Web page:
There are few things that compare to homemade puff pastry, with its flaky layers and buttery flavor. But it’s a time consuming process–creating hundreds of layers of dough and butter that bake up into that flaky texture. In this episode, you’ll learn how to create a similar effect with a shortcut called rough puff pastry–which puffs up to great heights in half the time. You’ll then learn how to turn that puff pastry into a pear tart with creamy hazelnut filling.
With classic puff pastry, you wrap a sheet of dough around a slab of butter, and then roll and fold it repeatedly to create all the layers, with lengthy rests in between. With rough puff pastry, you cut the butter into the dough, kind of like you would for pie dough.
|Pear-Hazelnut Tart in a Puff-Pastry Crust||Mixed-Berry Jalousie||Honeyed Fig and Goat Cheese Tart||Apple Galette with Ginger Glaze|
Mixing the Dough
Start out combining your flour with a little bit of salt in a mixing bowl, then begin cutting in the butter-you can use a pastry cutter or two blunt table knives. The idea is to get the butter well distributed and coated with the flour, but still maintain these distinct chunks. The butter chunks are bigger than you’d have in a pie dough, because you want to maintain layers of pure butter in between the layers of dough. As the butter melts in the oven, it creates steam, which causes the dough layers to puff up.
Next, add a 1/2 cup of very cold water and continue cutting until the dough just barely hangs together. It’s important not to overwork the dough, because you want to minimize the amount of gluten that forms-gluten will make your dough tough, not tender.
The First Turn
At this point, your dough barely even looks like dough, but that’s exactly what you want. Flour the countertop a bit, and turn this dough out onto the counter. Pat it into a rectangle, and then roll the rectangle out until it’s 6 x 18 inches.
Now it’s time to do a series of rolling and folding moves like you would for classic puff pastry: this is how we create the layers. First, fold both short ends of the dough in towards each other, so they meet in the middle. Fold one half over the other half so you have a 4 x 6 inch rectangle. This is called a double book fold. You’ll notice the dough is already much smoother.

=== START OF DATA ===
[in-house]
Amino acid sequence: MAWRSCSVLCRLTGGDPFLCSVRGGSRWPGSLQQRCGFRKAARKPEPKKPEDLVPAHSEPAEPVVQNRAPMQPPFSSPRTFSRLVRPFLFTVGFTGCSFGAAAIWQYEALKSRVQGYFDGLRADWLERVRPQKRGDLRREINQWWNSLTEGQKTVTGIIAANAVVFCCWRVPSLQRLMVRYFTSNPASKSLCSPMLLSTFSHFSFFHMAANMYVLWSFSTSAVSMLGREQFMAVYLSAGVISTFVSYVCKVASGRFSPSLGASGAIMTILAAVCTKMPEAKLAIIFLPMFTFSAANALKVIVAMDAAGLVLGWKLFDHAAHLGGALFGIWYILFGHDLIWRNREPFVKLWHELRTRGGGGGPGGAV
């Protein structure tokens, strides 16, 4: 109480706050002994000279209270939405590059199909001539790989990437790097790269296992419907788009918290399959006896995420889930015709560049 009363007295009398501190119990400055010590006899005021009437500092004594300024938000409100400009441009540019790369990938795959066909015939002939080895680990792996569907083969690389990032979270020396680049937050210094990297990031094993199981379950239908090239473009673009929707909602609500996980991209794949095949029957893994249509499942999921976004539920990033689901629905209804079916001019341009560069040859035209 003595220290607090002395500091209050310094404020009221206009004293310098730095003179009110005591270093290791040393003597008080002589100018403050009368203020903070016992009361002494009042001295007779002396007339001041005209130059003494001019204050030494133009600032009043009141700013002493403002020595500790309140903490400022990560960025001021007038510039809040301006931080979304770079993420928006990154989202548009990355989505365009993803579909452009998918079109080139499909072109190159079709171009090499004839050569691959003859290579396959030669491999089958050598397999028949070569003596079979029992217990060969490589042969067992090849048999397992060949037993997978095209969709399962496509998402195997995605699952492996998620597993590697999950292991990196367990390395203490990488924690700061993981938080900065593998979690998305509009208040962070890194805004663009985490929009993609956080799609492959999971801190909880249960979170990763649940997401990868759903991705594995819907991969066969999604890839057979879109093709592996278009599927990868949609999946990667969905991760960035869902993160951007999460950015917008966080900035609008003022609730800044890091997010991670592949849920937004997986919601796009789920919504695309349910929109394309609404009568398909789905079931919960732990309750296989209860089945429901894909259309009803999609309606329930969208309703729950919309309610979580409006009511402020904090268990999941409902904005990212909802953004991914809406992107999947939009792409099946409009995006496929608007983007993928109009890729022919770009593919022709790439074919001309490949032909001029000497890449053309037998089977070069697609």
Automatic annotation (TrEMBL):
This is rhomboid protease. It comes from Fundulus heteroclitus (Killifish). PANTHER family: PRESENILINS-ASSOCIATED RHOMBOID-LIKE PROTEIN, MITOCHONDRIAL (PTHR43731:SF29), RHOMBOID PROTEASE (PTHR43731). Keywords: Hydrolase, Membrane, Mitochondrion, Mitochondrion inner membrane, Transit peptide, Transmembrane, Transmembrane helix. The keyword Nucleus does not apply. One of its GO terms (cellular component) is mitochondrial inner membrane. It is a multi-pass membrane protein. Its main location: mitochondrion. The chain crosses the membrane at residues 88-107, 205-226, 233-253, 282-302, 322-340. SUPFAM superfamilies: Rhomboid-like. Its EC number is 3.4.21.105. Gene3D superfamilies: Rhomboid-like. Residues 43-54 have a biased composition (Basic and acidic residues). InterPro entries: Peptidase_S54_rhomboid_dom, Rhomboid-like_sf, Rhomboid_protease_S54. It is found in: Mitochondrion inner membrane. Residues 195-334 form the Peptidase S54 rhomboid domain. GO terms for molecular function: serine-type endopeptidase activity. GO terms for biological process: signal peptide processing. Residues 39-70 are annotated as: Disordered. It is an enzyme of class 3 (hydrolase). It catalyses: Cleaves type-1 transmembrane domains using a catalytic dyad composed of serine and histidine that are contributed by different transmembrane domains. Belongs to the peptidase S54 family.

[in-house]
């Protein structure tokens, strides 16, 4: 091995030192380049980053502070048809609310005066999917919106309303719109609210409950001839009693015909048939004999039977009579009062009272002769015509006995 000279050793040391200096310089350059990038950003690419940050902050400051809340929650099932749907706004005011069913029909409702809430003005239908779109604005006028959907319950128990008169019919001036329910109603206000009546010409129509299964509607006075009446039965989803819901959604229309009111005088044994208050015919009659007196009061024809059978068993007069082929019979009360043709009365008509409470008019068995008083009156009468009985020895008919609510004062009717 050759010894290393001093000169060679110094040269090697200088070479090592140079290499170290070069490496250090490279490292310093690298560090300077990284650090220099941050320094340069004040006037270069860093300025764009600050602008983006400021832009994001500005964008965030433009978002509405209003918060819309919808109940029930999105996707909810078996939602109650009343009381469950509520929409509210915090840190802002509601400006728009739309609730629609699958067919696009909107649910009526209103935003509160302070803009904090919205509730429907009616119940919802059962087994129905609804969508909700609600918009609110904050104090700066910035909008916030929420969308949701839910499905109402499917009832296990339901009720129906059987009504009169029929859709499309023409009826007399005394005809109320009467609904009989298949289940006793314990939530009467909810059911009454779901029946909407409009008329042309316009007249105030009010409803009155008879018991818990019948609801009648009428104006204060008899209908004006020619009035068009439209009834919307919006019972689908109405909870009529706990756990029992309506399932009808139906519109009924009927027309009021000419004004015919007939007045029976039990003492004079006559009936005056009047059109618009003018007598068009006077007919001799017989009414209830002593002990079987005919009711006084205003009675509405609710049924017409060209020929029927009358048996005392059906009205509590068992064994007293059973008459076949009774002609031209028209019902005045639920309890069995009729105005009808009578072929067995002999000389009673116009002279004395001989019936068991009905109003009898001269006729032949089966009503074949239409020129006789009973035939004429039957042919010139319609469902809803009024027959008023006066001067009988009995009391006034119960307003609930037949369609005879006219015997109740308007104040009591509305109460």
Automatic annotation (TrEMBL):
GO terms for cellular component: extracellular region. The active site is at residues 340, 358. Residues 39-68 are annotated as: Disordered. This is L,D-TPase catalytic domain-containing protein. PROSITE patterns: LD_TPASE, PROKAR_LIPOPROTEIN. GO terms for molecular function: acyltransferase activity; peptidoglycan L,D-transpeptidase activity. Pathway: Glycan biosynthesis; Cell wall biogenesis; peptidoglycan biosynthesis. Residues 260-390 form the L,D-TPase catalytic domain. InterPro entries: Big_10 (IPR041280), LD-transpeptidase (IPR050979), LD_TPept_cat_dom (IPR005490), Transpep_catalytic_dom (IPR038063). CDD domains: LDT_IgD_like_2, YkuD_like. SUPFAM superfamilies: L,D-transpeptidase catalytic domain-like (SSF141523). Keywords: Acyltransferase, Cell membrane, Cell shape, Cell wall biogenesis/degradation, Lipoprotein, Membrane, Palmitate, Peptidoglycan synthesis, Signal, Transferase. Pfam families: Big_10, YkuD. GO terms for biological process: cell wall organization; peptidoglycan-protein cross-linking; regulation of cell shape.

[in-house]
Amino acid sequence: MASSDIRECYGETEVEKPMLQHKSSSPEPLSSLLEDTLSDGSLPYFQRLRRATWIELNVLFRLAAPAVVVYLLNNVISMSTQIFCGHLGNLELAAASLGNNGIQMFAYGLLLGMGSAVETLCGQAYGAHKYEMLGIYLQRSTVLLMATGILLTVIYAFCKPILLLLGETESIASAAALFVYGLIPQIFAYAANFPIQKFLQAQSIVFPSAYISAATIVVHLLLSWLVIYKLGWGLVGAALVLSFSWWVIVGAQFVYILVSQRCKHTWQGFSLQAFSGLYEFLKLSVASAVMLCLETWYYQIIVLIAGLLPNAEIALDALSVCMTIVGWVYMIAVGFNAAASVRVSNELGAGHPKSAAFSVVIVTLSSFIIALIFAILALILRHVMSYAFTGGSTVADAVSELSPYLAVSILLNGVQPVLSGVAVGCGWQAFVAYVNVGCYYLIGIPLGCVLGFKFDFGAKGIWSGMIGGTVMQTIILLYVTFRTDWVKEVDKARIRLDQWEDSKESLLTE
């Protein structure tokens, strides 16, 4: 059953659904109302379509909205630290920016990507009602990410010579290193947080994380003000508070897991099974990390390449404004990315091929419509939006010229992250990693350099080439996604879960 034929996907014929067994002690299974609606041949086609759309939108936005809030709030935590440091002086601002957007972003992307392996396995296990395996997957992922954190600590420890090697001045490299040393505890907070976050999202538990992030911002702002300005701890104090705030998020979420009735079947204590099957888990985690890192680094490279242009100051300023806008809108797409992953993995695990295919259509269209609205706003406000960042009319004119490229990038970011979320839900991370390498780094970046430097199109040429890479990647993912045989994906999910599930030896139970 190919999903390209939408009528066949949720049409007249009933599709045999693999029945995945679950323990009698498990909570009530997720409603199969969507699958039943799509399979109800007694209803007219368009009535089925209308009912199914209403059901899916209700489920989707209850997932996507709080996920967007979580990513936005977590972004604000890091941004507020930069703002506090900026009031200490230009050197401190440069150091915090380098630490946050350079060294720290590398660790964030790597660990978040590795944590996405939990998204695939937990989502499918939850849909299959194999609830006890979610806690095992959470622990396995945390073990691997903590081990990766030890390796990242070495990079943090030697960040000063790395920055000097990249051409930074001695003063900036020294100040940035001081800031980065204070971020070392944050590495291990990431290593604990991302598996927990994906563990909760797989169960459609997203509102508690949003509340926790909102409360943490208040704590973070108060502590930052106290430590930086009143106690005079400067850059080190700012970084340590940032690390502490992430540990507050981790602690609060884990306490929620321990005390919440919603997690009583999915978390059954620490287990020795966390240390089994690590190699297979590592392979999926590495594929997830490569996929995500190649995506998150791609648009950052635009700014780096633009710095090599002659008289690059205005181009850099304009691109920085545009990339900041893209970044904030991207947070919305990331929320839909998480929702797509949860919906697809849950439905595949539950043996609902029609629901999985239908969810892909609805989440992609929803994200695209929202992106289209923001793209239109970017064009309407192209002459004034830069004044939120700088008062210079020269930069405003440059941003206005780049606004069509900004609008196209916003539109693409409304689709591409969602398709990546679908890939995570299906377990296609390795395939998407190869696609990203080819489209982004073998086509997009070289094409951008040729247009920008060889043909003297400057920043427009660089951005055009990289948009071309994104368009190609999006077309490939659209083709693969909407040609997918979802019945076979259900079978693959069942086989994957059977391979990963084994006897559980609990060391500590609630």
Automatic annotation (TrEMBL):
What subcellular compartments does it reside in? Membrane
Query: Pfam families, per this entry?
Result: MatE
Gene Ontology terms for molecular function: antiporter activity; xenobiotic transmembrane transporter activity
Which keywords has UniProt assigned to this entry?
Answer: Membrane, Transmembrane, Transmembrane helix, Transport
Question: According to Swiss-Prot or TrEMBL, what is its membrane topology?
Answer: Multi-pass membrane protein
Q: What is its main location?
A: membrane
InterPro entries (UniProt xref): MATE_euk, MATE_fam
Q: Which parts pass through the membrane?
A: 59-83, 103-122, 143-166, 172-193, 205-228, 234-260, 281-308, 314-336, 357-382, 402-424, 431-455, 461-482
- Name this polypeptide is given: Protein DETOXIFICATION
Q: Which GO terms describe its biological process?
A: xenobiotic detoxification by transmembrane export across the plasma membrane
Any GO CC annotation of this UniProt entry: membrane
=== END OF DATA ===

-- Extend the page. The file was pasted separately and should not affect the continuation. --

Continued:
Turn the dough so the seam is on the right, then roll the dough out again into a 6 x 18 inch rectangle. Now repeat the same folds one more time. Wrap the dough in plastic wrap, put it in the fridge, and let it chill for 20 minutes.
After the dough has had a chance to relax and chill, you’ll give it one more turn: put the seam on the right, roll it out to 6 x 18 inches, and make one more double book fold. Even though the dough has gone from shaggy to smooth, it should still have visible flecks of butter.
Now cut the book crosswise into two rectangles, and give it a good chill for at least 2 hours, then it’s ready to use in your tart crust.
Savory Puff Pastry Tarts
Rustic Rosemary Tarts
Sun-Dried Tomato Tart with Fontina & Prosciutto
Asparagus, Goat Cheese & Bacon Tart
Feta & Dill Galette with Lemony Spinach Salad
Simple Provençal Vegetable Tart
Abigail Johnson Dodge is a contributing editor at Fine Cooking, and teaches cooking classes around the country. She studied at La Varenne in Paris, and worked with Michel Guerard and Guy Savoy, specializing in pastry. She has written six cookbooks, four of them about baking, including The Weekend Baker, winner of the IACP award. She lives in Connecticut with her husband and two children.
Other episodes in this series
|Episode 1: Press-in Cookie Crust Tarts
||Episode 2: Equipment Essentials for Pies||Episode 3: All About Pie Dough|
|Episode 4: Rustic Fruit Galettes||Episode 5: Double-Crust Apple Pie||Episode 6: Single-Crust Pecan and Pumpkin Pies|
|Episode 7: Pâte Sucrée and Lemon Tart||Episode 8: Lattice-Topped Mixed Berry Pie||Episode 9: Rough Puff Pastry Tarts|
|Episode 10: Classic Fresh Fruit Tart|